WARUM is more internal and purposeful, for example
"Warum liest du das Buch?" implies that you've chosen to read the book.
WIESO is more external and accidental, for example
"Wieso fallen Sie?" - one rarely chooses to fall.
So warum is something that was an internal choice, while wieso implies an external cause (i.e. "I fell because the floor was wet".
I can't wrap my head around "weshalb" though, sorry :( Hope that helps!
This is exactly how I remember it as well. In english you would rarely ask someone why they fell since that almost sounds like it's implying it was their fault. We wouldn't say 'how so' (which is only really used if it were a standalone sentence and) but since we would ask 'how', I think of wieso as 'how' with all the synonyms for 'like' and 'as' that 'wie' would also bring with it having been stripped out.
In a philosophy read I came across the idea of two types of "whys." One was actually looking backwards, asking "how did this come about?" In that case "Why do I exist?" can best be answered by citing the historical fact that dad knocked up your mom (sorry if this is news). The other type of "why" actually is looking forward, asking "For what purpose or goal/ends?" It's "teleological." In that case "Why do I exist?" is actually asking "For what purpose was I created?" (And is actually a bit presumptive, assuming there was an intended purpose...)
Does that correspond to wieso and warum somehow? And if so, which would be for what type?
I found it on a website that specifically talked about the differences between the three. I'm trying to find it again, but I'm having some difficulty. This is what I copied down the other time:
Warum is asking for the reasons or motives
-Warum freut sich die Frau? (Why is the woman rejoicing?)
-Weil sie einen rosa Pinguin gewonnen hat. (Because she won a pink penguin)
Wieso is asking for the cause
-Wieso fällt der Pinguin auf den Boden? (Why does the penguin fall on the floor)
-Weil er der Schwerkraft ausgesetzt ist. (Because he is subject to gravity)
Weshalb is asking for the purpose/aim
-Weil er etwas lernen möchte. (Because he wants to learn something)
Sorry if I can't be more helpful. I just copied and pasted this off a page that taught German.
but the notes to this section says that one can be used in place of the other
"Warum" (why) is also not declinable. "Wieso" and "Weshalb" can be used instead of "Warum." For an example, take "Warum ist das Auto so alt?" = "Wieso ist das Auto so alt?" = "Weshalb ist das Auto so alt?" (Why is that car so old?)."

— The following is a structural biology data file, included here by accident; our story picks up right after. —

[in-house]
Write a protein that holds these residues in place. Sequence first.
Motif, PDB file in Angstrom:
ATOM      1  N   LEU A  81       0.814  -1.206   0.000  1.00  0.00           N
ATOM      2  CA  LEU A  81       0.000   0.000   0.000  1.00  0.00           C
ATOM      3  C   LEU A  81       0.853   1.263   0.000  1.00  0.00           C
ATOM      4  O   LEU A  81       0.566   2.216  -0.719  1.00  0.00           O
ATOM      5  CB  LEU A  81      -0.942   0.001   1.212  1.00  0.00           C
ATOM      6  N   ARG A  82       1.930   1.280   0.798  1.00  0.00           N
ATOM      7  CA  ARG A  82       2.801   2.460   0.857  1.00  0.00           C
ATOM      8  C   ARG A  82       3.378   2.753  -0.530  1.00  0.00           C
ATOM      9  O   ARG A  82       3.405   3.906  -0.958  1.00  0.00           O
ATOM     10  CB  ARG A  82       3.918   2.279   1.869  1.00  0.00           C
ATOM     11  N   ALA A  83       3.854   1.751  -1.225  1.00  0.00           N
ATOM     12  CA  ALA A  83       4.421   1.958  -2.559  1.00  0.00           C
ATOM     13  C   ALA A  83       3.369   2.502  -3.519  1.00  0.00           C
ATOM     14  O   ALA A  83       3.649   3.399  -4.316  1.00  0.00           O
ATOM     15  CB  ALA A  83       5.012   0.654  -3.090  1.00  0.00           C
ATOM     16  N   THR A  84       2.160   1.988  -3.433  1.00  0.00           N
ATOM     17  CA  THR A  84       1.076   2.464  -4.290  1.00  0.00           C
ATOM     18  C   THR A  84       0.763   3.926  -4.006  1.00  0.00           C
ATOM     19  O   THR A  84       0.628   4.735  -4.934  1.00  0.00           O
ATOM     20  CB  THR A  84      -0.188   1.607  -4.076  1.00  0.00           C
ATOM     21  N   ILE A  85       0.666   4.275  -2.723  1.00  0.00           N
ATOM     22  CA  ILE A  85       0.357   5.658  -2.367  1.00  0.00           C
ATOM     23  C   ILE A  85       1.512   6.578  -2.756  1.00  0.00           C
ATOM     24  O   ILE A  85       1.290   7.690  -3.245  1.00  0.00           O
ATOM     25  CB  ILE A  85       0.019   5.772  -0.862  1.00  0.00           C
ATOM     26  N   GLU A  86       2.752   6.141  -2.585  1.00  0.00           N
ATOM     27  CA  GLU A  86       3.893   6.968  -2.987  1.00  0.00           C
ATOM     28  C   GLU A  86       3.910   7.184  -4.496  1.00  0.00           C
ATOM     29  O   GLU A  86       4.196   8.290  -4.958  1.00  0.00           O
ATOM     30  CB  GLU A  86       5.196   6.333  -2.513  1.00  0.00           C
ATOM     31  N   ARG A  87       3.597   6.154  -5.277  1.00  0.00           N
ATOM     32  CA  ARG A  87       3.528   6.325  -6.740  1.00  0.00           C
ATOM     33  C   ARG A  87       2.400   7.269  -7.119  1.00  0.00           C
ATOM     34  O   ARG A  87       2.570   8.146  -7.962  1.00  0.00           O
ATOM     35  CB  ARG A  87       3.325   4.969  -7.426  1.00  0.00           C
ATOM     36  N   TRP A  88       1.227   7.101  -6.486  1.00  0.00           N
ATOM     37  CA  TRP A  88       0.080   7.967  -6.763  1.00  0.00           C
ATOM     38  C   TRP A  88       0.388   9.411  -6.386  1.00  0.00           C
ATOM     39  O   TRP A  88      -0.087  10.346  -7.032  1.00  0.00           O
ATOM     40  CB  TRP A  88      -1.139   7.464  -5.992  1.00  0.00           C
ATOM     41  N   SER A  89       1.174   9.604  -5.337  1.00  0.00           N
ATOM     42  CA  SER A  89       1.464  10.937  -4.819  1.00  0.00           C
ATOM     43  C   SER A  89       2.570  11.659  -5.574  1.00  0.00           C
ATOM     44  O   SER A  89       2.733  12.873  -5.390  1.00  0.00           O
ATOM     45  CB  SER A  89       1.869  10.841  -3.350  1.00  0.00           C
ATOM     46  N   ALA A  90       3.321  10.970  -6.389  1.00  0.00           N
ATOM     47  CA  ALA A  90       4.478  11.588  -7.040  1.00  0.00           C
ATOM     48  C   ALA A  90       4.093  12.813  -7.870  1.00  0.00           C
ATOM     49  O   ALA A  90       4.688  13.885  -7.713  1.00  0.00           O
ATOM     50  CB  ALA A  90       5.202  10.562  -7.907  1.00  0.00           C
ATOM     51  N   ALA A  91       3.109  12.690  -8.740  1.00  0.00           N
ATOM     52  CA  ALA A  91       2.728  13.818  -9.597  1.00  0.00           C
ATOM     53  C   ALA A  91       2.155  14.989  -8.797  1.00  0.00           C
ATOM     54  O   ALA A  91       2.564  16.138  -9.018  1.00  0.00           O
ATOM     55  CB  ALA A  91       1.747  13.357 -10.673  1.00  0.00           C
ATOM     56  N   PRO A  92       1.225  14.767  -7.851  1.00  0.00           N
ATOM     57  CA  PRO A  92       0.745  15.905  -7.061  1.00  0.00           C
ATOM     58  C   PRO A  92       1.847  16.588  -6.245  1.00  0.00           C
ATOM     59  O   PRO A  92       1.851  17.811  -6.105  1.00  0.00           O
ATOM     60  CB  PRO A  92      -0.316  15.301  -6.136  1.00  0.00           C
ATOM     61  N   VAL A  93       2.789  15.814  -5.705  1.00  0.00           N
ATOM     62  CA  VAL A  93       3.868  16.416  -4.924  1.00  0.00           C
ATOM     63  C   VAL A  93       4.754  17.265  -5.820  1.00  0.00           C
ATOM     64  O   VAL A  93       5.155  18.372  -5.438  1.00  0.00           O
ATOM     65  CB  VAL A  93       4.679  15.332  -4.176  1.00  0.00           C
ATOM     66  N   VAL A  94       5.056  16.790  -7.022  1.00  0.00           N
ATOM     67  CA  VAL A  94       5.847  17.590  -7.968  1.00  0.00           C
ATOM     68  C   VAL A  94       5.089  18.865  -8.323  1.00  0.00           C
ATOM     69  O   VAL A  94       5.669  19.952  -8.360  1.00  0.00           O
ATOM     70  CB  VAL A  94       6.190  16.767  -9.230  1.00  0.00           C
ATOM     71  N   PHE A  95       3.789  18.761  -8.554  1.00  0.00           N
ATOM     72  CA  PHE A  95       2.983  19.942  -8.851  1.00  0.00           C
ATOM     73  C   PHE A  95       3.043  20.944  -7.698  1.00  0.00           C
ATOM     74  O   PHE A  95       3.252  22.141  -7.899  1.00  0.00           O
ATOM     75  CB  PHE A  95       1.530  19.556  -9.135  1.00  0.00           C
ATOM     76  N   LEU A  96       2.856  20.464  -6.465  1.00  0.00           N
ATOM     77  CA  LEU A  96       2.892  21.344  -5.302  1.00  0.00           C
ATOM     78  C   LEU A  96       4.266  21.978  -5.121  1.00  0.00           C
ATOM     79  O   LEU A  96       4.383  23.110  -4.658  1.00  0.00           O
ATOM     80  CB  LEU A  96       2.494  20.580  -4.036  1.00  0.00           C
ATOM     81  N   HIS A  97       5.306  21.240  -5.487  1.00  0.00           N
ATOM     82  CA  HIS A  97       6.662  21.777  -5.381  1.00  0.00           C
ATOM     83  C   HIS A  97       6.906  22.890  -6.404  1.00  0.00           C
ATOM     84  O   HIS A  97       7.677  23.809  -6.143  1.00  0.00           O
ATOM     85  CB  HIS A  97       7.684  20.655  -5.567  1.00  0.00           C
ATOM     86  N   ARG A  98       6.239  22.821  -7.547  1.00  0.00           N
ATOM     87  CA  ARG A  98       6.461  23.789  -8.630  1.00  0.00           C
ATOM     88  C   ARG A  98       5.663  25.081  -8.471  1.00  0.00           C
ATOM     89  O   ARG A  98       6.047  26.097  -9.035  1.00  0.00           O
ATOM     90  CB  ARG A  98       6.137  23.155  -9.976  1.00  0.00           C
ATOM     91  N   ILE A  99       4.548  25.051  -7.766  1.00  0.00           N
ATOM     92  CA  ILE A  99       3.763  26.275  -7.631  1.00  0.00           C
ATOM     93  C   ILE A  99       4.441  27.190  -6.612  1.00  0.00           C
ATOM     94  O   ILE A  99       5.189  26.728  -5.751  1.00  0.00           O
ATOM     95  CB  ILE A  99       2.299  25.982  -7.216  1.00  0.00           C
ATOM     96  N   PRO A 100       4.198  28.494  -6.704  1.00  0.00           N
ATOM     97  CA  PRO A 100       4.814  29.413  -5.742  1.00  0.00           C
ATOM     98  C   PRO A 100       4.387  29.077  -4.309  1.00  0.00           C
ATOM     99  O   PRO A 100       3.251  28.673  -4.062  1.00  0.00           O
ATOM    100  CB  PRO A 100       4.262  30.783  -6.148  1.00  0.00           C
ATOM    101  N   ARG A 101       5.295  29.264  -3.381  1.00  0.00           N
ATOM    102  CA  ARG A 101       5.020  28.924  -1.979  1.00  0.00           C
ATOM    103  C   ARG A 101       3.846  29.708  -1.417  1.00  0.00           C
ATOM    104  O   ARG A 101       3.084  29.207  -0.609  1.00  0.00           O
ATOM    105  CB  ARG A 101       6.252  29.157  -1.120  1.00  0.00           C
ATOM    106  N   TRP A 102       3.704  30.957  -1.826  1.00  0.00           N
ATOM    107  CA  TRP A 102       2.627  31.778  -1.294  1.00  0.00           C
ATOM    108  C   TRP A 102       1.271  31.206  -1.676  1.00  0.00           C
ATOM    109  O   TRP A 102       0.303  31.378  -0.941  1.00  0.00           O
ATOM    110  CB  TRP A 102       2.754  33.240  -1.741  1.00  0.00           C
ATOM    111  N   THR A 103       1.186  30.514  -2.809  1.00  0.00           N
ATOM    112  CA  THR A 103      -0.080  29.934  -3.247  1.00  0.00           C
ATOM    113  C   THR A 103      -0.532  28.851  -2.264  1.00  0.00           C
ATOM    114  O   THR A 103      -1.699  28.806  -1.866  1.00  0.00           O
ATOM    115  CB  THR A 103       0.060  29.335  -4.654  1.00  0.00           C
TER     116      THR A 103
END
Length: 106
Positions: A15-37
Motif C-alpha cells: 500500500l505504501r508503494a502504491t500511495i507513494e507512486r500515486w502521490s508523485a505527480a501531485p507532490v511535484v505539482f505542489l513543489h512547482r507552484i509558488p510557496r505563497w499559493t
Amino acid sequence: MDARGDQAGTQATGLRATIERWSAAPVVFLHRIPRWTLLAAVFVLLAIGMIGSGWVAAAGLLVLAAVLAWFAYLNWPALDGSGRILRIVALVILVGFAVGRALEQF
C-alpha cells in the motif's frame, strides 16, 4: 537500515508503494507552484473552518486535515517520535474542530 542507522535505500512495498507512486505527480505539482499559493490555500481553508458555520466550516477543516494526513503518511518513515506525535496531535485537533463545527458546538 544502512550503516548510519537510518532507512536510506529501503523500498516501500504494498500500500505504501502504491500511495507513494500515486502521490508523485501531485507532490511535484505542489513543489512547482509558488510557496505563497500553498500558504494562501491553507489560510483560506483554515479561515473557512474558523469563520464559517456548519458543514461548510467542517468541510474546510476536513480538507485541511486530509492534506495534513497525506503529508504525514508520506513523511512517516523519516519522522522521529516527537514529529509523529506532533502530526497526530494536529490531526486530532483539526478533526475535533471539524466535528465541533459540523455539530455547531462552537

I'm just learning myself so take my opinion with a pinch of salt. I feel that warum = why and wieso = how come. Wieso is used for asking 'why' about something that doesn't usually happen like 'how come you're running?'. Warum is used for asking the reason for something that isn't out of the ordinary like 'why is the sky blue?'. Please correct me if I'm wrong though.
Wir machen in der Regel weniger einen Unterschied und benutzen die Wörter nach Gutdünken. Ich glaube aber, warum wird häufiger genutzt. Ich will aber nicht ausschließen, dass grammatische Regeln es genauer definieren. Bei nervenden Kleinkindern sagt man manchmal :"Wieso und warum, warum ist die Banane krumm".
Brain Pain. After going through a lot of sites, let me see if I got this one right.
Warum: When the emphasis is on the doer rather than the action. Why is HE running?
Wieso: The emphasis is on the action. Why is he RUNNING?
Weshalb: The emphasis is on the question. WHY is he running?
May sound conveluted or a weird way but fornme, it seems like a play on the words itself will work.
"Why.. umm.. are you doing that thing?" "Why so, are you doing that thing?" "Why shall you do that thing?"
To me thinking of the why is those ways not only sounds simimar to the german word but gives me context clues for when to use them. (Its subtle but hey... :/
Actually, English is more of the complicator to the language, it is a proto-germanic language meaning it is derived from the German language... therefore all complications were created in the English language and German is the simplified version (even though it is not very simple)